How to fund as full as possible RTN as soon as possible across the city is the challenge for the years ahead, in deed.

      1. I don’t think David’s comments are about the CRL, as someone who lives outside the centre of Auckland it really does feel the centre is getting all the attention on public transport while the rest of Auckland is not. THis is not about the CRL which helps all of Auckland but things like electrification to Pukekohe is far more urgent and a no brainer to starting with far more expensive light rail for the central city.
        And the push from AT for light rail to the Airport will be a complete nightmare for anyone who is not in the centre of Auckland who wants to use trains to get to the airport – which also supports David’s comment.

        1. I don’t get your last comment, why would light rail be a nightmare for people outside the centre? You could get to the airport directly from eden terrace, balmoral, mt roskill, lynfield, royal oak, onehunga, mangere bridge and mangere. You could also transfer to it from bus routes all around the region.

          Light rail would serve other suburbs to heavy rail, but I don’t see how it’s a nightmare?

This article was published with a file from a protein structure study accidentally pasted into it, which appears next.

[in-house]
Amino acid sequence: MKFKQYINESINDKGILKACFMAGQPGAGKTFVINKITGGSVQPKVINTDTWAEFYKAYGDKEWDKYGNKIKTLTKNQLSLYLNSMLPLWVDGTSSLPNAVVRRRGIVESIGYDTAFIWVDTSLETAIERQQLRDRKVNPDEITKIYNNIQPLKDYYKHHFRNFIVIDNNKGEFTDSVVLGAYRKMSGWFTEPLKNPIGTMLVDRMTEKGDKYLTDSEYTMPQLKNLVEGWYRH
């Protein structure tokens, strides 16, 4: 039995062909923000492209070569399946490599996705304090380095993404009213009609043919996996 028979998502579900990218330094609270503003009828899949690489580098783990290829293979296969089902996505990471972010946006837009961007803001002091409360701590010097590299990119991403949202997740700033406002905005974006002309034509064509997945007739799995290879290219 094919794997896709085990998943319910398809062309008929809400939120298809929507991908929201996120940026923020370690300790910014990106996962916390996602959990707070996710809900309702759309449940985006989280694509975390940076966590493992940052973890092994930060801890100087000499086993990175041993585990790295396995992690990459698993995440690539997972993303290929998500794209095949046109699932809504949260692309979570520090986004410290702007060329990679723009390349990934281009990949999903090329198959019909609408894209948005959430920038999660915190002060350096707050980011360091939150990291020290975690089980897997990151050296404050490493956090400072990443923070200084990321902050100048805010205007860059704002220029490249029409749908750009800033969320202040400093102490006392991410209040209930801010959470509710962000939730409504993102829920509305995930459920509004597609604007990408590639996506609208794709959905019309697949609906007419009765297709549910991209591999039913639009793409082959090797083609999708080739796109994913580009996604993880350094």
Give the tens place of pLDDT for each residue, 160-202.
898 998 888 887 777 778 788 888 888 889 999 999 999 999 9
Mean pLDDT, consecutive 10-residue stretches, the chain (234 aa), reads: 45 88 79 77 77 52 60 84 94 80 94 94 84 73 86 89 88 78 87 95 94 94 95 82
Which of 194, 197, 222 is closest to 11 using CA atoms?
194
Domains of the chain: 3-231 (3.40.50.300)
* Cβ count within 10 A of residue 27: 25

1. If you are down south or out west you want to take a fast train to Penrose or Otahuhu and trf to another fast train to the airport. Trf to a tram in the city after getting on at Pukekohe / Papakure / Swanson etc. will easily add another 60 minutes as well as being crowded and designed for local communities – a complete nightmare.
            This year I was in Istanbul with lots of bags and the train out of the airport was great – quick, space for bags etc. similar to the tube line to Heathrow but once I transferred to the tram network it was so crowded with no rooms for bags and after a 30 hour flight with 2 young kids including a pram was a complete nightmare.
            Public transport from an airport has to be heavy rail which is just easy, quick to use with plenty of space, plus a network servicing all of Auckland and not light rail or buses

          2. several reasons including:
            A train can be every 5 – 10 minutes at all times of the day & trains are a lot easier than buses when traveling with lots of bags and several prams with kids.
            Plus when you arrive in arrive in a foreign city train stations are a lot easier by far to find than bus stops at an airport. Having tried that in Dublin for example it was a complete pain.
            And Papakure is not good for those coming out West.

          3. EDIT: People don’ realize that prams + kids don’t easily go with buses at the best of times let alone when carrying big pack backs and pulling suitcases.